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“The Blood Stays on the Blade”: The Birth of a Nation in Scorsese’s “Gangs of New York”…

The podcast that I co-host, The 250, continued our belated Summer of Scorsese last week with a look at Kundun. This week, we’re looking at Gangs of New York. It is a fun and broad discussion that is well worth your time, but it spurred some of my own thoughts about Martin Scorsese’s complicated and messy 2002 passion project.

Martin Scorsese had wanted to make Gangs of New York for over thirty years.

The director had reportedly stumbled across a copy of Herbert Asbury’s book while house-sitting for a friend over New Year in 1970. Gangs of New York became one of the projects that Scorsese desperately wanted to make, alongside The Last Temptation of Christ, which had been given to him by Barbara Hershey on the set of Boxcar Bertha. Of course, Scorsese would not get to make either The Last Temptation of Christ or Gangs of New York during the seventies. Instead, the implosion of New York, New York would set his plans back years.

Scorsese had reportedly been hoping to make either The Last Temptation of Christ or Gangs of New York following the release of New York, New York, when Robert DeNiro convinced him to direct Raging Bull instead. Scorsese would spend the eighties adapting to the collapse of the New Hollywood movement, and would just about manage to get The Last Temptation of Christ produced. He never gave up on Gangs of New York, and the film went through various iterations over the years. It might have starred Jim Belushi and Dan Aykroyd or Mel Gibson and Willem Dafoe.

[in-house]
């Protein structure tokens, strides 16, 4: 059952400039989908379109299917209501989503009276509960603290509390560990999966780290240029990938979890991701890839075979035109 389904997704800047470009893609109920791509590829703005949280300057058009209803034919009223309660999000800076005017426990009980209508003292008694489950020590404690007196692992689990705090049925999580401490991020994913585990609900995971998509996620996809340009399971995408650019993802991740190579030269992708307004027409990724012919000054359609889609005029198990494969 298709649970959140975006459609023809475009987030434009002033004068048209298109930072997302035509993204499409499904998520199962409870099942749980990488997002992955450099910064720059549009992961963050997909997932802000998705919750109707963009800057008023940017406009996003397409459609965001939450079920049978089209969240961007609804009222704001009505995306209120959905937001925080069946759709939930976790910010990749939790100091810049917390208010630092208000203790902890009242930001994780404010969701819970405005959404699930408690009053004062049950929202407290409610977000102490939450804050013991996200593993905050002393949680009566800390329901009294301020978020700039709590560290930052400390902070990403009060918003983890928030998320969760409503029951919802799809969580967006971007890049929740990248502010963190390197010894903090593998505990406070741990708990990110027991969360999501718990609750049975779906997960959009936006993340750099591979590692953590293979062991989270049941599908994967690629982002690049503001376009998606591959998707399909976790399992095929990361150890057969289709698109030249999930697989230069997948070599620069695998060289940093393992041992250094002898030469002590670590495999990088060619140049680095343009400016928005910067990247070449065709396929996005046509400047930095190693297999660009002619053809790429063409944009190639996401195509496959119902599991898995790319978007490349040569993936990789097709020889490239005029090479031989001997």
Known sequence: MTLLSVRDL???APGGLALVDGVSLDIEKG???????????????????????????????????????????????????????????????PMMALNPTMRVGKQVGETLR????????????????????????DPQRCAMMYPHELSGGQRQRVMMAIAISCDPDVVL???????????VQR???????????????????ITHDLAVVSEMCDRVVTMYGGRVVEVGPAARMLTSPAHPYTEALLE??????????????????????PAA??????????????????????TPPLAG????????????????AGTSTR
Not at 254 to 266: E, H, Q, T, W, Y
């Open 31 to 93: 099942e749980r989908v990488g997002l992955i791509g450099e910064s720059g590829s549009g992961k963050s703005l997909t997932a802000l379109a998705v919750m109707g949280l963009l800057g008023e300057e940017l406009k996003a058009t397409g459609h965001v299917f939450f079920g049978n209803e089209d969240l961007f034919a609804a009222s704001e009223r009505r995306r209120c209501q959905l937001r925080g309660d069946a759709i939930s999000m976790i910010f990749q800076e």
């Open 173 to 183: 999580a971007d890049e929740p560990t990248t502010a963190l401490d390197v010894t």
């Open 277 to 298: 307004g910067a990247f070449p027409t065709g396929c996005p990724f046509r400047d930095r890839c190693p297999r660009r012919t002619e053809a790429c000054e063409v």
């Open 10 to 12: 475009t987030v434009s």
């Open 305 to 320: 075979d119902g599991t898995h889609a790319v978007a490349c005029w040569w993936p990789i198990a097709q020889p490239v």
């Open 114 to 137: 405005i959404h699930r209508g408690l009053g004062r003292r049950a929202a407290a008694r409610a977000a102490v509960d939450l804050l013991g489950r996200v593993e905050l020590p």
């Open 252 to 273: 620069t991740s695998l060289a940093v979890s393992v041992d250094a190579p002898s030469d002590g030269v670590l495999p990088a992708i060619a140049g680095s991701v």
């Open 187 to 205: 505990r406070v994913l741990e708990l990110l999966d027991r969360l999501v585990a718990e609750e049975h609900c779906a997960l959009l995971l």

When the possibility of making Gangs of New York emerged in the late nineties, it might have seemed like a culmination. As the project lurched closer and closer to actually materialising, it must have seemed like it would be one of Scorsese’s last major motion pictures. After all, Scorsese was almost sixty. Steven Spielberg and George Lucas were the only two other “movie brats” who were still making high-profile and big-budget films. There was perhaps a sense that Scorsese might just about have this film left in him, before retiring to less mainstream and more esoteric works.

While Scorsese had entered the nineties on a high note with Goodfellas, the films that followed were not as universally welcomed. Roger Ebert complained about “a certain impersonality” in Cape Fear, the film following Goodfellas. The Age of Innocence arrived with a shrug. Casino was treated as highly derivative of Goodfellas, with Peter Travers sighing that “the black cloud of letdown hung over Scorsese’s epic tale.” Kundun sparked a diplomatic incident with China, and was quietly buried by Disney. Bringing Out the Dead felt like a curiosity more than a classic.

Of course, history has been kind to all (or at least most) of those films. Scorsese’s nineties output is recognised in hindsight as a vibrant and important part of his career. Nevertheless, as Gangs of New York slowly and awkwardly forced itself into being, it might have looked like the last swing of the bat from one of the great American directors. A film that had been simmering in the director’s imagination for decades, it might serve as a definitive and concluding statement about the city and the nation that he loved.